Caspian Trek is a family run enterprise dedicated to sustainable nature tourism. Since 2008 we have endeavoured to provide unique tailor-made services to discerning travellers looking for mountain sports and authentic rural Persian culture anywhere in this ancient land.
Who are we ?
Khoonegeli, literally translated as the mud house, is the result of years of living in the diaspora, nostalgia and desperation to grow roots, an explosion of creativity after many years of frustration and displacement; it is a shining light in the deepest layers of human psyche.
I was born in the coastal town of Ramsar, although my family are from Shahsavar, -also known as Tonekabon-, and in the summer of 1975 at the tender age of 7 I was sent to a Catholic Swiss boarding school for a month; I hated it. In 1977 I spent a year in England and I was beginning to make friends and grow roots until the victory of the people’s revolution in Iran culminated in our return home soon after February 1979. The return was short-lived and the start of the war with Iraq in 1980 meant we were out again, this time to Austria where I learnt German for a few months at Goethe Institute; and then back to the UK where I stayed, studied, worked, and married until the eventual return in 2001. My wife Alejandra, an anthropologist, illustrator of yoga books for children who speaks and writes fluent Farsi, now spends the summer holidays here together with our two boys who attend Waldorf Schools in Spain.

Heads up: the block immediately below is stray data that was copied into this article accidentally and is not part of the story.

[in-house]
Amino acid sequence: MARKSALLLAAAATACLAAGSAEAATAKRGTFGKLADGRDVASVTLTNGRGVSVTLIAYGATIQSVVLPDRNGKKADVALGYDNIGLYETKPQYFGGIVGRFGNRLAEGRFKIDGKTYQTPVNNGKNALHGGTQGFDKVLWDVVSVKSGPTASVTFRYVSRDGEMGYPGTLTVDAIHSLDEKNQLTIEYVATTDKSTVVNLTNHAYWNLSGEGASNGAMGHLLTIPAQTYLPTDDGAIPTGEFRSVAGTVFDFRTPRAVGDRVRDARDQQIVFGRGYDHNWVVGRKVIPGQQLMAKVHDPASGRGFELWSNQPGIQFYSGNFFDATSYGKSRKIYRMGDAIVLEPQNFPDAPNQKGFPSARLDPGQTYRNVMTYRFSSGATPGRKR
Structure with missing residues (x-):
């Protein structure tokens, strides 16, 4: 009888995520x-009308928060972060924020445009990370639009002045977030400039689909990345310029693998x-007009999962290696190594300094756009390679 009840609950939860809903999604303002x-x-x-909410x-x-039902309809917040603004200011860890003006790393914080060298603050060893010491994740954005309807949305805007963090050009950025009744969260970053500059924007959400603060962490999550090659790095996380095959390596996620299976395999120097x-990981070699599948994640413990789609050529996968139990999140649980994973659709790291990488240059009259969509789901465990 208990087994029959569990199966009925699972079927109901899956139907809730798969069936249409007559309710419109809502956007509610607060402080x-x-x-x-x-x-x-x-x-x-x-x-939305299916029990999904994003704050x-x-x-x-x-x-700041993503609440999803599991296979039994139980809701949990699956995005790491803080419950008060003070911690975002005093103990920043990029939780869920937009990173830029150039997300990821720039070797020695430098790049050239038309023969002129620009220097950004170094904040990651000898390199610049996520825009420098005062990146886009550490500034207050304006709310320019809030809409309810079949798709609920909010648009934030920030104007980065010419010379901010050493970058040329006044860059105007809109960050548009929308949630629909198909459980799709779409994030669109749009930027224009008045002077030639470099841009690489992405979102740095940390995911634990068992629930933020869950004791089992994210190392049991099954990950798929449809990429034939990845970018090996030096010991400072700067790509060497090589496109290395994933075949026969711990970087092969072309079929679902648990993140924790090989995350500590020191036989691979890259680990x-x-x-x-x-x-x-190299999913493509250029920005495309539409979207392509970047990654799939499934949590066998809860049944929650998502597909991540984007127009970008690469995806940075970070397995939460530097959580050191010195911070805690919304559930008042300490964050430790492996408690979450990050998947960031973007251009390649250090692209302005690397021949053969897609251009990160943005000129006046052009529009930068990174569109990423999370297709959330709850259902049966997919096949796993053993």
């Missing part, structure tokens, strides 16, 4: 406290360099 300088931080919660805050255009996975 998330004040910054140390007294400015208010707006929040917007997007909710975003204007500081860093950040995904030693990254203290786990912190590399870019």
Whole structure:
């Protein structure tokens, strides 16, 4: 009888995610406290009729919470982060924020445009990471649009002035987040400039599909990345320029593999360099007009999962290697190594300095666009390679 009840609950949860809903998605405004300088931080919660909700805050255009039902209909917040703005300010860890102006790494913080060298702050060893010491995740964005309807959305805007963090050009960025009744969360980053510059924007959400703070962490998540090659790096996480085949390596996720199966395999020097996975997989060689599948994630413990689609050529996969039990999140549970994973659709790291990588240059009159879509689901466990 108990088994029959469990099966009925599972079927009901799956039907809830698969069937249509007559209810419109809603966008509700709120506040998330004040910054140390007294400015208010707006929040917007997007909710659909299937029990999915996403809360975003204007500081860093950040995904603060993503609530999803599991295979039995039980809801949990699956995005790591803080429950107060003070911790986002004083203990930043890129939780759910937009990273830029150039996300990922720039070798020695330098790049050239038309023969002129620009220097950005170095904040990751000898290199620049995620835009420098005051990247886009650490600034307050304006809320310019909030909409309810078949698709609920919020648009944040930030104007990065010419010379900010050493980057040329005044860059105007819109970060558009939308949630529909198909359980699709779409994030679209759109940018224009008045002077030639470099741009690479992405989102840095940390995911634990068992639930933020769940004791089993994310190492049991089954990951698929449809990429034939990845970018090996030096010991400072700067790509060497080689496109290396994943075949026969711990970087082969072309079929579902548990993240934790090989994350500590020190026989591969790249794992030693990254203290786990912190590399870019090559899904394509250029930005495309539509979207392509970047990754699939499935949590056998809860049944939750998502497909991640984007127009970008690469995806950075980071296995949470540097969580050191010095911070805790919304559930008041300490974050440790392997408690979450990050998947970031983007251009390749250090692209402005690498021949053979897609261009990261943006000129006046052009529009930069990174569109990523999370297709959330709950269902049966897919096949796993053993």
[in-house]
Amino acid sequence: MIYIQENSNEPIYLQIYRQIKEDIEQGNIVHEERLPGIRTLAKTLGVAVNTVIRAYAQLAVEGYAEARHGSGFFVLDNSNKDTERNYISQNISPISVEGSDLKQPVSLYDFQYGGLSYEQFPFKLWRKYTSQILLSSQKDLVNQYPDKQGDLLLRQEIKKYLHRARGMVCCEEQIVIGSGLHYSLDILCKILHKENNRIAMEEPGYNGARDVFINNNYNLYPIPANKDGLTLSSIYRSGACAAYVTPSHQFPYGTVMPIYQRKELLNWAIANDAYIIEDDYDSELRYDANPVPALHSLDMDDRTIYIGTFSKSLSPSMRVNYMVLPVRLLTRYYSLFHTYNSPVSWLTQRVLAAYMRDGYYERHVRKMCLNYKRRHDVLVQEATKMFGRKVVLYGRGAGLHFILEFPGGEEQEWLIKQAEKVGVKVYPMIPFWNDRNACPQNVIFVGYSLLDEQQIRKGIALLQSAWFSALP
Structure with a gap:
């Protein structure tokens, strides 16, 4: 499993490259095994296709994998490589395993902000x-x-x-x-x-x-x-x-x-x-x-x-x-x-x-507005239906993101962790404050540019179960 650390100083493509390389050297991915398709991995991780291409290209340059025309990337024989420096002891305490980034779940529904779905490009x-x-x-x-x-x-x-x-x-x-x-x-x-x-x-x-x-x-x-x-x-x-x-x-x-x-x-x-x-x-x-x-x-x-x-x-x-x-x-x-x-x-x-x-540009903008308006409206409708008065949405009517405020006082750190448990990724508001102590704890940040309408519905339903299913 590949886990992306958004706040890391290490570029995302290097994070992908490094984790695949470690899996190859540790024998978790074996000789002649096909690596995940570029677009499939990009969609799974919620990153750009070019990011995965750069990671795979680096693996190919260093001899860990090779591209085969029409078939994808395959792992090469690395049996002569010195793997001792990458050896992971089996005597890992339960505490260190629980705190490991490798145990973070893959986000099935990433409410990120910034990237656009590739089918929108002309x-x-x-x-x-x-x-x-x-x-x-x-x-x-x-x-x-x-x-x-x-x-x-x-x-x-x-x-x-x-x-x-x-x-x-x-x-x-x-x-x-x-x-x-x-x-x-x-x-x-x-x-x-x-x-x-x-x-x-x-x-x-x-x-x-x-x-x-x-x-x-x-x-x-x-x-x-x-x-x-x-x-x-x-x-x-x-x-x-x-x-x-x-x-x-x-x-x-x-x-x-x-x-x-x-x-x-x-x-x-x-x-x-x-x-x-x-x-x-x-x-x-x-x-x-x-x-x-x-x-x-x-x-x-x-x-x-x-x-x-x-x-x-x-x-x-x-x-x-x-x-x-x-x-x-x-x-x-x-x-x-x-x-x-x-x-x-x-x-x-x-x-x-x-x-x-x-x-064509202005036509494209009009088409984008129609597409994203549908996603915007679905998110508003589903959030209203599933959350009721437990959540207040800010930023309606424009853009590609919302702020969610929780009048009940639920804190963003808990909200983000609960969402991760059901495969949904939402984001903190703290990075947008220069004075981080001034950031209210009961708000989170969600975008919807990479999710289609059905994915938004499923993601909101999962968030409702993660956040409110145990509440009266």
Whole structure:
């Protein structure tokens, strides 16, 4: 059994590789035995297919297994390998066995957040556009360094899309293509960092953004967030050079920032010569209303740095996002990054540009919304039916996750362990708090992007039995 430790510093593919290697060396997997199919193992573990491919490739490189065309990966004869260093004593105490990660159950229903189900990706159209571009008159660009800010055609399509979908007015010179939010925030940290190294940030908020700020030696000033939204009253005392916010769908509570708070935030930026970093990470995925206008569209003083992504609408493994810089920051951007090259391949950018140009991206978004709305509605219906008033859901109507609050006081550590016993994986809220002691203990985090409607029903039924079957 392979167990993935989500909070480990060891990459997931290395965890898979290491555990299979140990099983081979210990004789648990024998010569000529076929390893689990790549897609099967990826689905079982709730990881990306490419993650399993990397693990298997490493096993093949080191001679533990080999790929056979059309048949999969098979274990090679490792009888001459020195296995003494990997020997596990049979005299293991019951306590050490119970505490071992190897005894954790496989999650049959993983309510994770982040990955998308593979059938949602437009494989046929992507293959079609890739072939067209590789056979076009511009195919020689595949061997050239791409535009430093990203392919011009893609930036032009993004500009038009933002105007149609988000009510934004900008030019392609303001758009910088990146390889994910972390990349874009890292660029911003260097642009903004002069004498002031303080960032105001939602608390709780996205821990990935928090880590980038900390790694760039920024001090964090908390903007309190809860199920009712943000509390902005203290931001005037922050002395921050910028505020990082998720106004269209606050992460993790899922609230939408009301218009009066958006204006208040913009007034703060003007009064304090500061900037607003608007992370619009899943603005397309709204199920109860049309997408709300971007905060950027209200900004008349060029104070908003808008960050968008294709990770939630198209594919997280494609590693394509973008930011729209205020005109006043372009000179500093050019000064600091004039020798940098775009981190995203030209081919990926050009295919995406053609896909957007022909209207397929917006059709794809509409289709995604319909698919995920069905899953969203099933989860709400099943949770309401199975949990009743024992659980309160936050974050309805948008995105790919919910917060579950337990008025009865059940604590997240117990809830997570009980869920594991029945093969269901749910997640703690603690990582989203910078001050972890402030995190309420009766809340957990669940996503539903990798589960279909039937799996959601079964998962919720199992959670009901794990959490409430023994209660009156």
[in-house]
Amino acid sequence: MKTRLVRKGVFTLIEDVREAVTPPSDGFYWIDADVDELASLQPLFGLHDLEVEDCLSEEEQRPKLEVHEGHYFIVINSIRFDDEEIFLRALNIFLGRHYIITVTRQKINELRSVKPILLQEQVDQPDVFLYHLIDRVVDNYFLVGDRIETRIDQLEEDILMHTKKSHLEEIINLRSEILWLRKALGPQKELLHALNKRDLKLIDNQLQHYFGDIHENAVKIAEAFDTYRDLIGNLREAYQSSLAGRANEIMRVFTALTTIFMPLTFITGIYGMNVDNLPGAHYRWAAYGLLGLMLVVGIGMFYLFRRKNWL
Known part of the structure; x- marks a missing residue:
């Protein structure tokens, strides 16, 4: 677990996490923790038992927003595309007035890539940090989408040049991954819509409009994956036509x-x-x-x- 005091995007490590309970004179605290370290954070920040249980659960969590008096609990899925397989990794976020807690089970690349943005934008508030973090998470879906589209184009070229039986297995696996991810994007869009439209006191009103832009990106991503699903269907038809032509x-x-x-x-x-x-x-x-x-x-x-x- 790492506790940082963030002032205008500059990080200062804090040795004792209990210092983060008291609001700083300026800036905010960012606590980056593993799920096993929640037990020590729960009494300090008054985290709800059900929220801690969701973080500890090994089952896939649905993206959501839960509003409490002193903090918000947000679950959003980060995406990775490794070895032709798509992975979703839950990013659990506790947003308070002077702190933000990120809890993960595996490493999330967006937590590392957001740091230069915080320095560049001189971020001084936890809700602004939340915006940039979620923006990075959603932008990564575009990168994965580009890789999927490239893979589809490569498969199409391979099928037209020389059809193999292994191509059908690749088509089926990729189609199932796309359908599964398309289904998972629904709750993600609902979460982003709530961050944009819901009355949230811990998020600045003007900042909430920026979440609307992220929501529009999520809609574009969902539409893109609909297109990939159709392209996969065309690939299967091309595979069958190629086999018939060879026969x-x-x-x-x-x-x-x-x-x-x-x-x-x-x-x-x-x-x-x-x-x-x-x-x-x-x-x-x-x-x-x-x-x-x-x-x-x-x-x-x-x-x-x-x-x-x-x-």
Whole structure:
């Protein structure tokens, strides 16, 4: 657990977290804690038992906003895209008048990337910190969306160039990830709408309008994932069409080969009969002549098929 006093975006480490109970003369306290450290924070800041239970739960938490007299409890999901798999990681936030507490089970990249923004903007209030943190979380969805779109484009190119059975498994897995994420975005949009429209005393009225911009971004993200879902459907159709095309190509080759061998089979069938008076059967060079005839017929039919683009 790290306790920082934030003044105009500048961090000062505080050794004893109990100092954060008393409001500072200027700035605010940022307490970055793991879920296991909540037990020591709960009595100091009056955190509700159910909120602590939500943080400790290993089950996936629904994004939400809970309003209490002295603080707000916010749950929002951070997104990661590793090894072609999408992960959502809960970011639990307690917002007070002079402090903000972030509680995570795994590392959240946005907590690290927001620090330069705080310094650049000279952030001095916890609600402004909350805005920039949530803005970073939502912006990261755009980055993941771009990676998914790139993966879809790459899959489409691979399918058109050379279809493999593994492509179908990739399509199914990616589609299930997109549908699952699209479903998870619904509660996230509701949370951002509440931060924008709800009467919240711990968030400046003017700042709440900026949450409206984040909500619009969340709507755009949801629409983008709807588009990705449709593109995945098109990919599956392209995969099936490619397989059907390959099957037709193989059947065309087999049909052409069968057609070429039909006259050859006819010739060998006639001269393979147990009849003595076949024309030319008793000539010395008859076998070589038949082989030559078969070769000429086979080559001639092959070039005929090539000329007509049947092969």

I studied in Glasgow University Medical School and graduated in 1993, but medicine was never for me: like many of my countrymen I was pushed into it. For me it was too mechanical, too limiting in time and space, too depressing. I simply could not detach myself from my patients emotionally to function, and I was not going to suppress my feelings and justify staying in, so I left.
I needed fresh mountain air and pristine nature, not just for holidays but for living and for life. So one day I just called it a day and resigned. The change has not been easy. I wanted to go back in time and back to nature, be amongst people from a past socio-evolutionary stage, from tribal times, feudal times, and people with time and space to think, breathe and engage one another, my people.
My paternal grandfather, Rajabali Malaki, owned a tea plantation for some 15km outside Tonekabon, a town by the Caspian Sea where I had grown up, and it was passed down to me. Khoonegeli was built on this land.
Khoonegeli is my home, my refuge, my personal and collective identity. I would share it with you, our future guests, those who are sensitive enough to comprehend what has gone into it beyond the superficial aesthetics, and I hope you enjoy it.